Sermon for Pentecost – 5th June 2022

Acts 2:1-21; Ps 104:24-34, 35b; John 14:8-17, (25-27)

On Radio 4 there is a panel game called “The Unbelievable Truth”. Which is hosted by the comedian David Mitchell. The idea is simple, four panellists take it in turns to deliver a short lecture on a topic that they are given. The lecture has to be plausible nonsense (well lies really) but hidden within it are to be five pieces of truth. The other panellist have to try to spot the truths without mistaking lies for truth and when they think that they have spotted a truth they press their buzzers.

The next minute or two is going to take a similar form. In the absence of buzzers you’ll have to be content with putting your hand up or shouting out or something, if you detect a truth smuggled in amongst the other stuff.

So one day a group of Jesus’ disciples got together to form a committee with the intention of founding a new religion. 

There was a need for secrecy at this early planning stage, so that no-one else would get wind of what they were up to and so they had to make sure that the door was locked to keep spies from other religions out. The first item on the agenda was to agree who was to occupy the role of convenor, secretary and treasurer and all the other positions on the vestry. Since their original treasurer was no longer with them they had a vacancy to fill and so Peter arranged an election to fill this important post.

The main item on the agenda, however, was to weigh the merits of the teaching of various prophets including John the Baptist and Jesus and decide which was likely to have the most popular appeal, given that none of the contenders was still alive. That done and the disciples having decided to put Jesus at the centre of the new religion, set about defining rules about what form worship should take and who should be allowed to conduct it, what days it should take place, whether or not singing was to be allowed, should they use smoke or not, how about candles, how many, what parts of what scripture should be read on each specific day and all the other rules and regulations that a thoroughly modern religion would need to appeal to a mass audience.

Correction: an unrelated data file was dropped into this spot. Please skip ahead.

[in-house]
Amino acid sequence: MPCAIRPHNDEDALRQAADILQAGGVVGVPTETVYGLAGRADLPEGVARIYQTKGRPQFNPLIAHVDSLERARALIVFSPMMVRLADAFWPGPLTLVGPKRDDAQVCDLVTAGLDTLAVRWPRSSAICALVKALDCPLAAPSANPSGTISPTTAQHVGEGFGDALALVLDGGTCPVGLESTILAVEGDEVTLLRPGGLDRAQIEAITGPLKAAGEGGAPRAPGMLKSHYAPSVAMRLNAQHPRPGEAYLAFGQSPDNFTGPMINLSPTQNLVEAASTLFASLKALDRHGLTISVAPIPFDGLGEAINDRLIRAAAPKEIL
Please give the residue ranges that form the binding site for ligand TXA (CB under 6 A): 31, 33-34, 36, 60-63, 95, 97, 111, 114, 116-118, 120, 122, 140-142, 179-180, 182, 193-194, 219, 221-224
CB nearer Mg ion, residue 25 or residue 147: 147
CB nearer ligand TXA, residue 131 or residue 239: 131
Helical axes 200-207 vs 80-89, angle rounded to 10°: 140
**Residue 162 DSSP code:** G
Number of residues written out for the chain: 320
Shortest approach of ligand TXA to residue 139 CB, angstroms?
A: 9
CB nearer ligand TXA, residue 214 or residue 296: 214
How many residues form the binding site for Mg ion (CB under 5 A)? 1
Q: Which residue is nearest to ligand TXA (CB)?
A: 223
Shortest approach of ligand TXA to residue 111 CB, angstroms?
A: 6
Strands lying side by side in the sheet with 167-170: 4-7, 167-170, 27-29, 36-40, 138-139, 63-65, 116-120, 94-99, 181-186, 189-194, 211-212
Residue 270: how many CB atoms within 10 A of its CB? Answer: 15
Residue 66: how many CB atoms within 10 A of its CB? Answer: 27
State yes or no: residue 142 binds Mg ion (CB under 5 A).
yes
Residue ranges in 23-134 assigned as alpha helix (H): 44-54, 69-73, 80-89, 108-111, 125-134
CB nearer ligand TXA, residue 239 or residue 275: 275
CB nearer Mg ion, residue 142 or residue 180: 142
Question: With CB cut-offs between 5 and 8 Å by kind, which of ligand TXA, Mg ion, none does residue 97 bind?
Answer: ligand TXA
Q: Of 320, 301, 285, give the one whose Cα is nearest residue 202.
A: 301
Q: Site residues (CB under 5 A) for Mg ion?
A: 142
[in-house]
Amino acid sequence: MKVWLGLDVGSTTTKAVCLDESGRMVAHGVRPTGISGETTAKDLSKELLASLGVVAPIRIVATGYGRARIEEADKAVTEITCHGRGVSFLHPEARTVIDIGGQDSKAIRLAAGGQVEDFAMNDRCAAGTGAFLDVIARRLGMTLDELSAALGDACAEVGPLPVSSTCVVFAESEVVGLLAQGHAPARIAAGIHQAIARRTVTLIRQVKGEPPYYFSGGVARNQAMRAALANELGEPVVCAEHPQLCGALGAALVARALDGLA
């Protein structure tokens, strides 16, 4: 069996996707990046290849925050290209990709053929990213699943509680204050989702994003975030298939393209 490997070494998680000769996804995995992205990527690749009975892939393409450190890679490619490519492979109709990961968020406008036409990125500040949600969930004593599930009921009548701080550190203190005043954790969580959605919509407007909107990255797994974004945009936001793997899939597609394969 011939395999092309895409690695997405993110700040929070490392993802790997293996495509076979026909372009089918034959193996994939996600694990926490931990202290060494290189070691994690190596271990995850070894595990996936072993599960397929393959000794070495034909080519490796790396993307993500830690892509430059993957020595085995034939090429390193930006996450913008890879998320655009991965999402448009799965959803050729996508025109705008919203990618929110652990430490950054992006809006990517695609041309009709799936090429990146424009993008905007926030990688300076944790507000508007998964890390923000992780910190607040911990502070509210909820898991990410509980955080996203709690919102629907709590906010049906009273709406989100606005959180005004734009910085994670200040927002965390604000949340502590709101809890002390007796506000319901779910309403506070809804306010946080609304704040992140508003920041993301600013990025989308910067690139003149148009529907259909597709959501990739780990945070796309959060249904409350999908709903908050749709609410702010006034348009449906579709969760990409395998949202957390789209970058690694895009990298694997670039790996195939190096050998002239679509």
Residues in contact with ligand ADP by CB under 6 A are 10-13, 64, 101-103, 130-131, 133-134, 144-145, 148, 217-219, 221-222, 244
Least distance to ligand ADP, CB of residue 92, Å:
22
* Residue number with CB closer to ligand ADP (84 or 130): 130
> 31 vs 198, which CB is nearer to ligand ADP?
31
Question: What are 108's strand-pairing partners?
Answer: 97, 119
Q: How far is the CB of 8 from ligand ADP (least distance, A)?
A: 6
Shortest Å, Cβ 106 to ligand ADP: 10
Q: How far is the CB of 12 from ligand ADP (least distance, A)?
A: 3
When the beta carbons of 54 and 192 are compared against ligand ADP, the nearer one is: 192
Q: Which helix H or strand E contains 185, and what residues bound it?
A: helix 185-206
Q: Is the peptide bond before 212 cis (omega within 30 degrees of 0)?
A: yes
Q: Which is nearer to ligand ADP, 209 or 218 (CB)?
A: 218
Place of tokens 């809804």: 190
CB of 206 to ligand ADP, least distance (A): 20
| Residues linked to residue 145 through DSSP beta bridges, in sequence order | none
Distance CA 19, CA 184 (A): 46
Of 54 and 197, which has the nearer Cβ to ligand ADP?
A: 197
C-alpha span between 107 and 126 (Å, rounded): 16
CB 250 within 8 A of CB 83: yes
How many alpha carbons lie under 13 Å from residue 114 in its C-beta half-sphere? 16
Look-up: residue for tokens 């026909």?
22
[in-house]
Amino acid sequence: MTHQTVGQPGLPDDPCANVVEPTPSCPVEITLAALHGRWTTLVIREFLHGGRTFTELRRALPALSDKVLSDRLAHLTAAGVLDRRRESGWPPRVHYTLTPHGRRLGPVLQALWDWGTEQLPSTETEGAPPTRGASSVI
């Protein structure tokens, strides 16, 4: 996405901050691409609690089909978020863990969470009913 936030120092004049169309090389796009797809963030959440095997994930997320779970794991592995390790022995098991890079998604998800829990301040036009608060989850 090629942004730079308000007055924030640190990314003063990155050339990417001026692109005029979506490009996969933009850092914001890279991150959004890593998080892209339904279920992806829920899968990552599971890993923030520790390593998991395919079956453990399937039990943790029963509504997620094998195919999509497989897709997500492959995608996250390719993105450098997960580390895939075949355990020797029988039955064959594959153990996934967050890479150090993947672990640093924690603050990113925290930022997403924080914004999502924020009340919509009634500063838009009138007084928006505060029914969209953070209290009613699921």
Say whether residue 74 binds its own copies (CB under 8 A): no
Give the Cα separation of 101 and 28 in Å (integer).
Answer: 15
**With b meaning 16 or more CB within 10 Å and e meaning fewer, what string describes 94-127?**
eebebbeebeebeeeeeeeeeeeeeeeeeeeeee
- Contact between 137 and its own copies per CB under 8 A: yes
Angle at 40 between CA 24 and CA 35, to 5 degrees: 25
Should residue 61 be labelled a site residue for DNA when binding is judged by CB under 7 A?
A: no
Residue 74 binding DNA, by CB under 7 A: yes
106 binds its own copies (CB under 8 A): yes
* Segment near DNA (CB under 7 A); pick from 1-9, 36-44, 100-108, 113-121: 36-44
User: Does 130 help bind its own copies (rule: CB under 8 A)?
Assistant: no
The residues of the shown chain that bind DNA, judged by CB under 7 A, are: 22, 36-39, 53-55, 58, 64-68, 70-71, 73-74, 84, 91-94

Then they had to look to the marketing strategy, who was to be in charge of publicity, set up the web site, Facebook, how about Twitter. Then of course there were the small matters of fund raising, acquiring suitable premises, with just the right type of furnishings. They were so absorbed in getting all this administrative bureaucracy sorted out that they didn’t notice where the incredible draught blowing through the whole house came from.

OK that’s enough of that. Today is the feast of Pentecost and Pentecost is more or less the opposite of what I have been telling you so far. Pentecost is when the Spirit of God came upon the disciples. The Spirit itself was as invisible as the wind, but its effects were anything but. The Disciples staggered about mouthing strange words. Words that were oddly intelligible to people from every nation. This was unfamiliar behaviour and so those around thought and said ‘these people must be drunk’. But Peter pointed out that it was only nine in the morning and so that wasn’t very likely.

It was out of this scene of exhilarating confusion, possibly even hysteria that Luke records the beginning of the Church in his ‘Acts of the Apostles’ . It wasn’t the disciples sitting down to soberly consider the merits of Jesus’ teaching or to ponder the meaning of His death. The disciples were just carried away on a high, out of which came preaching and prophesy and it is this that we in St Maelrubha’s today are heir to. It is out of that response to the spirit breathing life into the Church that started it, and it is this that has sustained the Church for over two thousand years.